LandscapePro: An in-depth review

It seems that the era of computer assisted photo editing is arriving. Adobe is making news with Sensei, but there are other companies at it as well. One of those companies is Anthropics, makers of LandscapePro. I set out this week to put the software through its paces and see what it could do, and if it would be worth adding to your landscape photography post-processing routine.
There is no doubt that LandscapePro is a helpful tool for you to have when post-processing landscapes. This is not a gimmicky sky replacement tool. It offers real value. It will save you time, and boost your creativity. Anthropics offers a free trial, and versions are currently on sale starting at $39.95. You can check out the software at landscapepro.pics. My in-depth review below will outline the features of this program, and give my take on its strengths and weaknesses.

Features and Process

LandscapePro will run as a standalone program, or as a Photoshop plugin if you have at least the studio level. It can also be set up as an external editor in Lightroom, which is the way that I've run in the most so far.

The first thing that I did before sending my file to LandscapePro is the thing you want to do before using pretty much any plugin or editor. That is, to do basic adjustments such as white balance and exposure that are best to do on a RAW file. After that, you can send your photo into LandscapePro.

Once inside LandscapePro, you will begin tagging areas of your photo. My photo had trees, sky, and snow, so I used those tags. My first thought was to tag all the different areas, but one of the strengths of LandscapePro is its ability to analyze the photo. If you tag one patch of snow, it should be able to discern the others. If not, you can tag it or brush it in the next step.

I knew the photo I chose would be pretty hard for the software. The photo has lots of tree branches, and with snow that would be very low contrast compared to the white sky. I wanted to see how this would be handled by the software. The initial results were not bad. It got most of the photo right, especially the snow and the sky. There was a lot of cleanup to do on the trees, and especially with the snow on the trees.

This is where the tools in the next step will help.

Making the Selection

Here are your tools:

  • Pull: This is the fastest and roughest way to expand one selection in the photo. Click in the sky and drag it through another area to set it all as sky.
  • Smart Brush: This tool was the most helpful for me when I was selecting the snow that was on my tree branches. The action works the same as the pull tool, but by default it is looking for areas similar to where you first clicked. It was able to discern the difference between snow and sky in my photo pretty well.
  • Feather: This tool blurs the edge of your selection. It is useful for trying to make a transition more gradual, or to try to make the edge of a selection not catch your attention.
  • Expansion: If you make a dramatic change in the sky, you will get fringing on the edge of your selection. This tool adjusts your selection by one pixel each time you use it, which will eliminate the fringe.
  • Tree and Sky: This tool discerns the difference between a tree and the sky. It works so much better than anything that exists in Photoshop. LandscapePro is worth it for this tool alone.
  • Object in Sky: This is similar to Tree and Sky, but for objects.
  • Horizon Line: Setting the horizon line will help the software know where sky should and should not be.
  • Reflection Edge: If you tag water and sky reflection in your photo, this tool will help refine the edge between the two.

After you get your selection just right, hit continue. If you haven't set a horizon line, you'll need to do so now, and then the real fun begins. You will have in front of you a whole panel that has different ways in which your photo can be edited.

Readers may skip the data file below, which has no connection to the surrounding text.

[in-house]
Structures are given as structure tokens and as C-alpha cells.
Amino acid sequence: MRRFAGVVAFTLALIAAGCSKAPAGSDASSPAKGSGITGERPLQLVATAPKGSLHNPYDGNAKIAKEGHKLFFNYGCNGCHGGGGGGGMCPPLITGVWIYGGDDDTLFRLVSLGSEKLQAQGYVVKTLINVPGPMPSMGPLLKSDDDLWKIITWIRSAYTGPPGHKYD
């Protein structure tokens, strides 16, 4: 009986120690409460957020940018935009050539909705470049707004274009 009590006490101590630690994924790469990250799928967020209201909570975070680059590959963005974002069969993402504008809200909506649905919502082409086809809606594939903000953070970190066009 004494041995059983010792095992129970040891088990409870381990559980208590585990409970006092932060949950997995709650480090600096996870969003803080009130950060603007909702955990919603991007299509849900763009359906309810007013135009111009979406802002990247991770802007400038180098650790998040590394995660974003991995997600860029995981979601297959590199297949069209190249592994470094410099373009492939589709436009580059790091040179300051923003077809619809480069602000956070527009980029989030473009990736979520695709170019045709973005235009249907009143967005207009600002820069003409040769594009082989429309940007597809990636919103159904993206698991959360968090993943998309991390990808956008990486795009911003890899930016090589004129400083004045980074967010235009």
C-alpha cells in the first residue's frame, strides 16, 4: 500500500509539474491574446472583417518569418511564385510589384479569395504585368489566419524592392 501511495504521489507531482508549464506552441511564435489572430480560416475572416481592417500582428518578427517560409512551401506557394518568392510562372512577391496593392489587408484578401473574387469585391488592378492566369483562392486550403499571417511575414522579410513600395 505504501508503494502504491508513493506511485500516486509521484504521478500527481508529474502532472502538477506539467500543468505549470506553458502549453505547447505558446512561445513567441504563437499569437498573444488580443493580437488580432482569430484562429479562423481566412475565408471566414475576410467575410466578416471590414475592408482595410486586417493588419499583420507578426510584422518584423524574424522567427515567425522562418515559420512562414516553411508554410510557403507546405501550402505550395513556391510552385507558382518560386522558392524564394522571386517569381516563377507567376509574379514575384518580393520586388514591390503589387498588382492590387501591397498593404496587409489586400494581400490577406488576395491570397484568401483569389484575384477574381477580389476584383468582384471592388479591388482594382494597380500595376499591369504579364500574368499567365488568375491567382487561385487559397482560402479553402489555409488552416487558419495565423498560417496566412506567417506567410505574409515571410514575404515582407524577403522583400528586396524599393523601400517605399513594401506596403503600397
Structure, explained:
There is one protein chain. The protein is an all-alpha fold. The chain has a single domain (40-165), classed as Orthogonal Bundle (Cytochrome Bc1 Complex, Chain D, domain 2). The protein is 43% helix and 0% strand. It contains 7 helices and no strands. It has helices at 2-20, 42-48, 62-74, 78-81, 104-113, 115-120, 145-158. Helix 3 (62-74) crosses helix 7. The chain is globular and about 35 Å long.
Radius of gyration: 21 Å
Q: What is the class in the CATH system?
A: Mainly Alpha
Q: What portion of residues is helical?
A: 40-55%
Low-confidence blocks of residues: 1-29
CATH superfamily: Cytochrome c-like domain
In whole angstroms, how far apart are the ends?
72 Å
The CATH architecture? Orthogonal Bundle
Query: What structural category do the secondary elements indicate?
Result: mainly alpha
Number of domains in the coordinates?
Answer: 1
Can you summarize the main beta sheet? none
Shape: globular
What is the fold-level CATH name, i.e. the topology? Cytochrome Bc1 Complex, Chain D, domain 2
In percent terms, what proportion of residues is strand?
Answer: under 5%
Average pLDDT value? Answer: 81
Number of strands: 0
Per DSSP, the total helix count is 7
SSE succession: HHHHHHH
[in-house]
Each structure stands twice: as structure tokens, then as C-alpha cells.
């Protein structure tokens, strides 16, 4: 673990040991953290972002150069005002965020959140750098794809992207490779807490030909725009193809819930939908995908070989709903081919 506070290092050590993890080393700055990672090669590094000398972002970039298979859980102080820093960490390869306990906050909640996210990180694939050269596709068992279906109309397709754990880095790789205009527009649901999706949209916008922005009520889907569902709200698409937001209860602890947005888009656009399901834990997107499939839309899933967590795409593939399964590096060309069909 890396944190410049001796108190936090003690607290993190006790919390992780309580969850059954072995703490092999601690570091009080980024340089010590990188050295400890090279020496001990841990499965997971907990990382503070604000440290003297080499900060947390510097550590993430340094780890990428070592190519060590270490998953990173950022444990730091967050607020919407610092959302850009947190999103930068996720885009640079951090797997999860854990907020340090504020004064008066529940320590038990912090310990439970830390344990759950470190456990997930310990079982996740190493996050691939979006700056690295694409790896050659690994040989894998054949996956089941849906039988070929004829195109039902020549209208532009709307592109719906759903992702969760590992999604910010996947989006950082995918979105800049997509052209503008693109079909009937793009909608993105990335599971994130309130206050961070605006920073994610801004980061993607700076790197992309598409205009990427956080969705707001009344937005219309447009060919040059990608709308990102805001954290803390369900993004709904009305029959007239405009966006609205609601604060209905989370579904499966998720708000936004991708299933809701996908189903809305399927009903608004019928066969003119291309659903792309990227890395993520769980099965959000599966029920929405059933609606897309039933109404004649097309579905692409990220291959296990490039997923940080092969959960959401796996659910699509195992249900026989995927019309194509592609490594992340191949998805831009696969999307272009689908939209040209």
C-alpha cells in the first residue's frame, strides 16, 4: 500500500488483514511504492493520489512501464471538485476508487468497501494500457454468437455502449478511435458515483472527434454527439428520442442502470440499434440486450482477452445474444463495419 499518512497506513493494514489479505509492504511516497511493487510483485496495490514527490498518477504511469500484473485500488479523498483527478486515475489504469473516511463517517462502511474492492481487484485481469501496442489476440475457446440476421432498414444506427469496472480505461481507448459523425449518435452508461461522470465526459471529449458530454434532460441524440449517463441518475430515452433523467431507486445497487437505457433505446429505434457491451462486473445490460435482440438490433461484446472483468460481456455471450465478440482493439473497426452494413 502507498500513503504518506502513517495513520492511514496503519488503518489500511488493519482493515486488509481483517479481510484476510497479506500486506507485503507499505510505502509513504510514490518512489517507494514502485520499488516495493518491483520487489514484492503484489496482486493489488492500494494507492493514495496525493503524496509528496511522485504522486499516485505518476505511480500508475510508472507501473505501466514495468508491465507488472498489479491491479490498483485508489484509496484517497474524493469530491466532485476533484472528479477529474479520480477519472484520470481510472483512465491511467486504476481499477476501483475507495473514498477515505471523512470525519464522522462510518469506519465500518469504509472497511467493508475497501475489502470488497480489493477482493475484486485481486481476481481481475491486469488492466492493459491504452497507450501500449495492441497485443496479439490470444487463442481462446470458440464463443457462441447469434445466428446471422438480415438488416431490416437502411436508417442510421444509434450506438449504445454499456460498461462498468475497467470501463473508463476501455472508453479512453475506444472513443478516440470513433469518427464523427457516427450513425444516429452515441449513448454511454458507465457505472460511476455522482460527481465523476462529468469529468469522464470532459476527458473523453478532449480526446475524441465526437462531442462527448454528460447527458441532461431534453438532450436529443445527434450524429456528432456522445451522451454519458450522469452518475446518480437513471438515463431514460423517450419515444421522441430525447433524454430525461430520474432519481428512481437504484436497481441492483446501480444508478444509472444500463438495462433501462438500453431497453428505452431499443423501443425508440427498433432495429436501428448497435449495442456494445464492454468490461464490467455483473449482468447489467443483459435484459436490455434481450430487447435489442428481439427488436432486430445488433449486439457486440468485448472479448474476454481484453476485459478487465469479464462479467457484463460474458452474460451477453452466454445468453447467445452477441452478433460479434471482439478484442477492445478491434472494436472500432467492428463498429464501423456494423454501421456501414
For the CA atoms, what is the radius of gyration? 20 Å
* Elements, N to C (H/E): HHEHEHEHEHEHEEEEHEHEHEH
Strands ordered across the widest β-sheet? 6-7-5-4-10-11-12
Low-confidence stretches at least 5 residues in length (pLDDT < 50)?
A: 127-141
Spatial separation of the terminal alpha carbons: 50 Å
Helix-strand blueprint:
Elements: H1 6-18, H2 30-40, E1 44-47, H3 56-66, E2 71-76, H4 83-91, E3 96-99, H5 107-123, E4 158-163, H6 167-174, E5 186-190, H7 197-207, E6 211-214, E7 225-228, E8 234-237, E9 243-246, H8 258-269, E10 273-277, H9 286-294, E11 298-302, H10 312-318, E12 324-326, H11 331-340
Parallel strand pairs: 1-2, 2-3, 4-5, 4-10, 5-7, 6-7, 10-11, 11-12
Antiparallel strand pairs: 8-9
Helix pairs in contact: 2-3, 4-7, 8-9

Here is a bit about what each of these do:

  • Add & Edit Areas: This takes you back if you need to adjust your selection.
  • Global Presets: These are presets that will affect sky, light, and all the areas of the photo. Most of them are pretty dramatic, but they are a fun place to get started, especially if you want to learn what the software can do. With presets here and elsewhere in the program, there is a slider to control the effect.
  • Lighting Brushes: These are brushes that you can use to dodge and burn. You can use color if you want, which is a nice feature. The most innovate part is the 3D setting. If you use the depth tool (further down) then the brush will work appropriately for the simulated depth in the photo. It provides a dodging and burning effect that makes the subject pop right out of the frame! The lighting brush also allows the direction of the light to be set, and the brushed lighting will fall off in a realistic way.
  • Whole Picture: These are presets and sliders that apply to the whole picture, but unlike the Global Presets, they aren't sky replacement. Think of this the way you would use a preset in Lightroom.
  • B&W, Vignette: This panel allows you to move your photo towards black and white, or some other toned monochromatic look, like sepia. It also has a slider for a vignette, which can also be toned.
  • Depth: You may need to play with this one for a while to get it. It is a tool that allows for simulated depth of field. Of course, since the program is guessing depth, your results may vary. Don't go overboard on this, but do use it, because it then allows for that really powerful 3D lighting brush.
  • Sky: One of LandscapePro's main features is sky replacement. The program has a huge library of skies, and you can also import your own.
  • Other panels for labeled areas: Depending on what you labeled in your photo, you may have panels for tree, object, snow, ground, etc. Like the other panels, these have both presets and sliders that allow adjustments to those areas of the photo.
  • Lighting: This is one of my favorite panels. The ability to adjust the strength and direction of the light is amazing. An edit like this in Photoshop would take a very long time to pull off.
  • Fixes: This panel has straightening and noise reduction.
One of the best things about editing in this environment is that even while you work on local adjustments, the software intelligently applies those edits globally as needed. What I mean is that if you are working on your sky, the colors in your sky will come through in other parts of the photo in a realistic way. If you are adjusting the direction of light, everything changes appropriately. These are the types of adjustments that are possible in a program like Photoshop, but require a lot more time and skill.